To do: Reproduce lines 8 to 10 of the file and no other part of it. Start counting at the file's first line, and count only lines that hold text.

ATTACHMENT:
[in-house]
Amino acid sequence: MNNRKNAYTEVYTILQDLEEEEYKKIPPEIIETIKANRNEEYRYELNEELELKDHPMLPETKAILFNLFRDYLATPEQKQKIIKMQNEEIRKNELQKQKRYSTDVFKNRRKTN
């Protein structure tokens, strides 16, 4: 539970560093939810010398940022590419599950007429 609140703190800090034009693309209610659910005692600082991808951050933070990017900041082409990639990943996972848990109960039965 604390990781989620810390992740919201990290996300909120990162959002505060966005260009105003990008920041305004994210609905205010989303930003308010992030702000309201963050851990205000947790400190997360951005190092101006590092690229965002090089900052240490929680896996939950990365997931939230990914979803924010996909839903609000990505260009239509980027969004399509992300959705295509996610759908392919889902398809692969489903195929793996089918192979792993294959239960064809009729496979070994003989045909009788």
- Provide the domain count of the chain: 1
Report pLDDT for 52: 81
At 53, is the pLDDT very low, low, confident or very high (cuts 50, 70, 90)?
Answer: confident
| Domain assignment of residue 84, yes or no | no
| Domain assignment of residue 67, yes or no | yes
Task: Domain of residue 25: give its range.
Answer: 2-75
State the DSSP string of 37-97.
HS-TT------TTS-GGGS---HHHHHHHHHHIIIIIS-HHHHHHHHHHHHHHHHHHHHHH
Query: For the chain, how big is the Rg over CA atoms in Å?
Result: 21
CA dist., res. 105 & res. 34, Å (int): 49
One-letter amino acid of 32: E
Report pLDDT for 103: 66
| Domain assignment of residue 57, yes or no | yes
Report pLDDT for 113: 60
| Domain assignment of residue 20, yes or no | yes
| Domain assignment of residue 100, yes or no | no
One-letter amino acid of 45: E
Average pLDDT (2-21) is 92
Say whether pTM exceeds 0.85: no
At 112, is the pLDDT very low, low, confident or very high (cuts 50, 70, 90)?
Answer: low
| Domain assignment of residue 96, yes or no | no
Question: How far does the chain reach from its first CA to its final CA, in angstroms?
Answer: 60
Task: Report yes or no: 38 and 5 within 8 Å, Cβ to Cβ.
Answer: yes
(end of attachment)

| Domain assignment of residue 84, yes or no | no
| Domain assignment of residue 67, yes or no | yes
Task: Domain of residue 25: give its range.